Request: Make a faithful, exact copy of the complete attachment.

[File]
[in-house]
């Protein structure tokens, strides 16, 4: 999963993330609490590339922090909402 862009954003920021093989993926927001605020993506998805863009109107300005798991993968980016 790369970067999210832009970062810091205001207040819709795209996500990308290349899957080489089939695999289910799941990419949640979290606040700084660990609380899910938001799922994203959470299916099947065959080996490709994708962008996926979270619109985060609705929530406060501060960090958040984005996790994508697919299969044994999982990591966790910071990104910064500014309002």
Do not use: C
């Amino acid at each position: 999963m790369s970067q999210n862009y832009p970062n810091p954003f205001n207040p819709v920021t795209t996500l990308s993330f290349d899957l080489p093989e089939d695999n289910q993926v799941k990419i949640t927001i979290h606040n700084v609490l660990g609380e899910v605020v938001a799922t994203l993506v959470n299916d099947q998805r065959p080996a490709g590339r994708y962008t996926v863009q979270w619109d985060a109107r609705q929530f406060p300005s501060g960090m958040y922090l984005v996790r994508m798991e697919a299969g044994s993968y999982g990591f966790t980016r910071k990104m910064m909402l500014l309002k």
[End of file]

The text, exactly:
[in-house]
């Protein structure tokens, strides 16, 4: 999963993330609490590339922090909402 862009954003920021093989993926927001605020993506998805863009109107300005798991993968980016 790369970067999210832009970062810091205001207040819709795209996500990308290349899957080489089939695999289910799941990419949640979290606040700084660990609380899910938001799922994203959470299916099947065959080996490709994708962008996926979270619109985060609705929530406060501060960090958040984005996790994508697919299969044994999982990591966790910071990104910064500014309002």
Do not use: C
């Amino acid at each position: 999963m790369s970067q999210n862009y832009p970062n810091p954003f205001n207040p819709v920021t795209t996500l990308s993330f290349d899957l080489p093989e089939d695999n289910q993926v799941k990419i949640t927001i979290h606040n700084v609490l660990g609380e899910v605020v938001a799922t994203l993506v959470n299916d099947q998805r065959p080996a490709g590339r994708y962008t996926v863009q979270w619109d985060a109107r609705q929530f406060p300005s501060g960090m958040y922090l984005v996790r994508m798991e697919a299969g044994s993968y999982g990591f966790t980016r910071k990104m910064m909402l500014l309002k």